Ilan Volkov spent several years as an assistant with the Boston Symphony Orchestra. From 2003 he led the BBC Scottish Symphony Orchestra, and from 2009 he served as its principal guest conductor. From 2011 to 2014 he was the music director and chief conductor of the Iceland Symphony Orchestra. He has premiered compositions by many internationally famous composers including Jonathan Harvey, Hans Abrahamsen, Unsuk Chin, and Mark-Anthony Turnage. 

Lucie Hájková (4)

Lucie Hájková is a graduate of the Academy of Performing Arts in Prague and a laureate of several vocal competitions (including the Dvořák Competition in Karlovy Vary and Ad honorem Mozart in Prague). Since 2020 she has been a soloists with the National Theatre in Prague. 

Lucie Hilscherová © Petr Matoušek (1)

Lucie Hilscherová, a laureate of the vocal competitions Cantilena Bayreuth, Musica Sacra in Rome, and the Antonín Dvořák International Vocal Competition in Karlovy Vary, makes guest appearances at the National Theatre in Prague, the National Moravian-Silesian Theatre in Ostrava, the J. K. Tyl Theatre in Pilsen, the Silesian Theatre in Opava, the State Theatre in Košice (Slovakia), and the National Theatre in Mannheim. 

Richard Samek © Markéta Navrátilová 2

Richard Samek studied at the Janáček Academy of Performing Arts in Brno and then privately under Natalia Romanová. He is a laureate of several international vocal competitions (including the Dvořák Competition in Karlovy Vary and the M. S. Trnavský Competition in Trnava). He makes regular guest appearances at the National Theatre in Prague, and he performs frequently at the J. K. Tyl Theatre in Pilsen, the National Theatre in Brno, the National Moravian-Silesian Theatre, and the Slovak National Theatre in Bratislava. 

František Zahradníček © Bohouš Pospíšil 5

František Zahradníček is a graduate of the Academy of Performing Arts in Prague, where he studied under Ivan Kusnjer. In 2000 he made his debut at the National Theatre in Prague, where he has sung several roles in operas by Mozart (Figaro, Papageno, Don Alfonso, Leporello), Rossini (Basilio, Don Magnifico), Verdi (Banco, Zaccaria), Dvořák (Marbuel, the Count, the Water Goblin), and Janáček (Gorjančikov, the Forester).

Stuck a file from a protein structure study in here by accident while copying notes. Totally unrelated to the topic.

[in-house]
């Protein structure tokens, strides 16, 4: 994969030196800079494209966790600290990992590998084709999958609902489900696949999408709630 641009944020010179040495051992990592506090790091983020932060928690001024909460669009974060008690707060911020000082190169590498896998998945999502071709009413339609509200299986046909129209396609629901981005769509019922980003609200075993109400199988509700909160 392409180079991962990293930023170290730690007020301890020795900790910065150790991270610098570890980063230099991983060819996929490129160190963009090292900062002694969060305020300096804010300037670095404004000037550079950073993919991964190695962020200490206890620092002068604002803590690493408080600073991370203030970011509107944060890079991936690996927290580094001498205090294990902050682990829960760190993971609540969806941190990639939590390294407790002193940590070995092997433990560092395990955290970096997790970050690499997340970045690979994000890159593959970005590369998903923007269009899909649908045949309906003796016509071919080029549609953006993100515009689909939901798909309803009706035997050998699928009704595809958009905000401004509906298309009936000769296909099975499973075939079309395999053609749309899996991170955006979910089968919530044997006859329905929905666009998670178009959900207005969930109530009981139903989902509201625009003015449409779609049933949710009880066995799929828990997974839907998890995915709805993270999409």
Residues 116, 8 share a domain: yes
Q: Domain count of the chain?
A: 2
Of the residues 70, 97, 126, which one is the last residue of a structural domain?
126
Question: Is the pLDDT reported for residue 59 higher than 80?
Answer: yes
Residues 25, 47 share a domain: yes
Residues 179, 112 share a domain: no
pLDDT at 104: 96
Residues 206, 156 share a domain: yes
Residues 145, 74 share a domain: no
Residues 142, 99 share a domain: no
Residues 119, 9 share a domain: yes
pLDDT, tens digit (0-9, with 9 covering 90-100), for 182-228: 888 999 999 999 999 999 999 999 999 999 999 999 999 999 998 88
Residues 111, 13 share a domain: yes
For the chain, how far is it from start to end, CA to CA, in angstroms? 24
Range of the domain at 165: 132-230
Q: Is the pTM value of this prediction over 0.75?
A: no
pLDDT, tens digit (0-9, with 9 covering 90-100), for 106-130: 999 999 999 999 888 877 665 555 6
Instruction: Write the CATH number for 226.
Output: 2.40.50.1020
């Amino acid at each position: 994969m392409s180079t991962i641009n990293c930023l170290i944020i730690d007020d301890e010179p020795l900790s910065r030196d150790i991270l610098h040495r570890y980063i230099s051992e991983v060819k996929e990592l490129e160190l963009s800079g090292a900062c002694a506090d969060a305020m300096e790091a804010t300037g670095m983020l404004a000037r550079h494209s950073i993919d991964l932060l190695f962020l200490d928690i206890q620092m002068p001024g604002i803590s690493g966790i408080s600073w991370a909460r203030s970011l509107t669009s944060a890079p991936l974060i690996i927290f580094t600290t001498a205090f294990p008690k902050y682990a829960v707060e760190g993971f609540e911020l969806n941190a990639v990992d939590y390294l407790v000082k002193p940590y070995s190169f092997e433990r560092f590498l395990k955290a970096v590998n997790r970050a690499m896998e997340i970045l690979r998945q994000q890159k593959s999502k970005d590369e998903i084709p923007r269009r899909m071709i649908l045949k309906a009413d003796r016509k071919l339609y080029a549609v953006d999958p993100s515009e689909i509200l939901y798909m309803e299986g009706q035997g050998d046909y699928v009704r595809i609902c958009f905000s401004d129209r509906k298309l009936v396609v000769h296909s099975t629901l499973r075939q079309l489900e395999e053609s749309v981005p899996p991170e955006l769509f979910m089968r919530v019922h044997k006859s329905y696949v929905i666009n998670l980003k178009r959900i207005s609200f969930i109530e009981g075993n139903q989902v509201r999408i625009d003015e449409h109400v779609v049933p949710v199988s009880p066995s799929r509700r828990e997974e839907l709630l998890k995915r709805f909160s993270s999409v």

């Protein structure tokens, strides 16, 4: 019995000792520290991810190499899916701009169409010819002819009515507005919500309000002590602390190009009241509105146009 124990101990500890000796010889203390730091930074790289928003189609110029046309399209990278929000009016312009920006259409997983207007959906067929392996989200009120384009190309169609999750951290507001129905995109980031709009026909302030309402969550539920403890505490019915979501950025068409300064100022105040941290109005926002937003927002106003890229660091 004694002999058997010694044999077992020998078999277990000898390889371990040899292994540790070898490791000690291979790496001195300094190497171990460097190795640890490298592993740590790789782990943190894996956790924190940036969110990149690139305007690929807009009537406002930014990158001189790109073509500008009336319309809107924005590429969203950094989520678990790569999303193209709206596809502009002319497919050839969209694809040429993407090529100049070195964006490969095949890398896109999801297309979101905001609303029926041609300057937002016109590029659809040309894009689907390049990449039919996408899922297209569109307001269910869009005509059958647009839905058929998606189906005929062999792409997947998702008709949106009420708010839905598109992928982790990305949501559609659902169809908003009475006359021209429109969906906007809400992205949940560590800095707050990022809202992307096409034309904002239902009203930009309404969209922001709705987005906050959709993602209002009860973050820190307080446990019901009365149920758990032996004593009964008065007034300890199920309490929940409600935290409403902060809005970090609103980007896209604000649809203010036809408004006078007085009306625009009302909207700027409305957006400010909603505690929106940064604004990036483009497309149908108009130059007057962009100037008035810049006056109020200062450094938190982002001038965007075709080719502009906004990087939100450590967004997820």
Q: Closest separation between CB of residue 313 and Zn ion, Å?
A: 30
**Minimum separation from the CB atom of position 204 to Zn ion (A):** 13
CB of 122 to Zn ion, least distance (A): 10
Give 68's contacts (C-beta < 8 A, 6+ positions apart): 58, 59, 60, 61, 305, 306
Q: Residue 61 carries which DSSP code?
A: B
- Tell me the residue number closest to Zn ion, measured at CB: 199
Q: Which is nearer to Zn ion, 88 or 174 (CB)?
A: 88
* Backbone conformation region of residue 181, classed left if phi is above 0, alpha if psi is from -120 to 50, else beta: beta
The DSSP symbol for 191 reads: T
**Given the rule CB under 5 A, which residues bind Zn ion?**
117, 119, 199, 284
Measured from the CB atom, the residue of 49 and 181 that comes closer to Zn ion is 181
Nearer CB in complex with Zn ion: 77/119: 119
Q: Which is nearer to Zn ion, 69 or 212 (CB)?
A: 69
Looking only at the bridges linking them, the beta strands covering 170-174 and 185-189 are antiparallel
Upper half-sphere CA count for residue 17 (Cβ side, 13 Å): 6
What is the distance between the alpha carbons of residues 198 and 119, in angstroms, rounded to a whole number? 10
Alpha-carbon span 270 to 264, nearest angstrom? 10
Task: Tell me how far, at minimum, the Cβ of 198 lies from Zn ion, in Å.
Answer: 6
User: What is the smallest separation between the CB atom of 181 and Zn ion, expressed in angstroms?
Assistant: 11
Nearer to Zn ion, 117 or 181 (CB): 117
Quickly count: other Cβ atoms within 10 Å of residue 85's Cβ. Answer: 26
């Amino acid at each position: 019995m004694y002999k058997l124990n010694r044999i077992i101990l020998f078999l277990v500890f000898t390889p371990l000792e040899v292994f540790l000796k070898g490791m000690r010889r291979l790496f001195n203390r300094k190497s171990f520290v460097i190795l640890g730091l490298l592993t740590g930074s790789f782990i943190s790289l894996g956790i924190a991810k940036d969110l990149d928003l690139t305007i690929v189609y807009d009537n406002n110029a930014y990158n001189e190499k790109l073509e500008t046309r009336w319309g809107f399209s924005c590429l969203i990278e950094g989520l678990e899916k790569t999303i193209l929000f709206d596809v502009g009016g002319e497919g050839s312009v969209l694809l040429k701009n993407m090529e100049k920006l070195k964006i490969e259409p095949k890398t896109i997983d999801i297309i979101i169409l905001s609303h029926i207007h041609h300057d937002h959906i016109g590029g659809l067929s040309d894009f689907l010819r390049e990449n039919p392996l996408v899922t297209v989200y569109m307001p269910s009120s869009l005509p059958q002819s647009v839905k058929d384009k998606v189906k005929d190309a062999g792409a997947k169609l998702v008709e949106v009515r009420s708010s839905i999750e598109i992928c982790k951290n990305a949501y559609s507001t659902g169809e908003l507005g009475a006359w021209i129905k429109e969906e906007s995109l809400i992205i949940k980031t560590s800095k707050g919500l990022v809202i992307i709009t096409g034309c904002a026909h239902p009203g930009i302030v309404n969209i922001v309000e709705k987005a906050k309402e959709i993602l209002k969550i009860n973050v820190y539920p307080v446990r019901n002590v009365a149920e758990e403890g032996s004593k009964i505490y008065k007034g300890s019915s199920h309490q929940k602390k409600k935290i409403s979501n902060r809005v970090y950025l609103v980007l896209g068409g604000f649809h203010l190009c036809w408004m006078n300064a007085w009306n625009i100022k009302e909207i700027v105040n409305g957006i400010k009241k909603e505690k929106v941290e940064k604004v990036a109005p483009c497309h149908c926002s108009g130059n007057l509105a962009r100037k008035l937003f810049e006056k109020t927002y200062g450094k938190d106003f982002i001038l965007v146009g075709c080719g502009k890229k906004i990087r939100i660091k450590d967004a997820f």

ČFSB_velký sbor_02_1345__rgb

The Czech Philharmonic Choir of Brno (founded in 1990) focuses on the oratorio, cantata, and opera repertoire, and it presents itself not only in this country, but also worldwide in the very top class in the field of choral artistry. It appears at all of Europe’s prestigious festivals and important concert halls, and it works with the world’s best orchestras and conductors. The choir has an extensive discography, and it has won numerous prizes (including Echo Klassik two times, Tokusen, and the Classic Prague Awards). The man behind the ensemble’s success is its founder, choirmaster, and director Petr Fiala (1943), a graduate of the Brno Conservatoire and of the Janáček Academy of Performing Arts, who has been working as a choirmaster and conductor for more than fifty years, and who is also the composer of 180 works. At this year’s Prague Spring Festival, the choir will also be giving a concert of its own on 25 May, when it will sing music by Anton Bruckner, Henryk Górecki, Leoš Janáček, and Petr Fiala. The men of the choir will also appear at the concluding concert on 3 June in Igor Stravinsky’s opera-oratorio Oedipus Rex. 


The Prague Radio Symphony Orchestra is one of today’s most important Czech orchestras. Since the 2018/19 season, its chief conductor and artistic director has been the German conductor Alexander Liebreich. In recent years, the orchestra has collaborated with leading Czech and foreign conductors (Tomáš Netopil, Jakub Hrůša, Stephan Asbury, John Axelrod, Ion Marin, Michał Nesterowicz, and Wayne Marshall) and soloists (Krystian Zimerman, Alban Gerhardt, Steven Isserlis, Christian Lindberg, Renée Fleming, and Jonas Kaufmann). The Prague Radio Symphony Orchestra regularly commissions and performs music by leading contemporary Czech composers such as Pavel Zemek Novák, Jan Ryant Dřízal, Miroslav Srnka, and Jiří Kadeřábek. Among the many recordings made by the Prague Radio Symphony Orchestra in recent years have been such important projects as a Janáček trilogy with the conductor Tomáš Netopil, the first complete cycle of recordings of the eight symphonies of Miloslav Kabeláč, and the complete piano concertos of Bohuslav Martinů.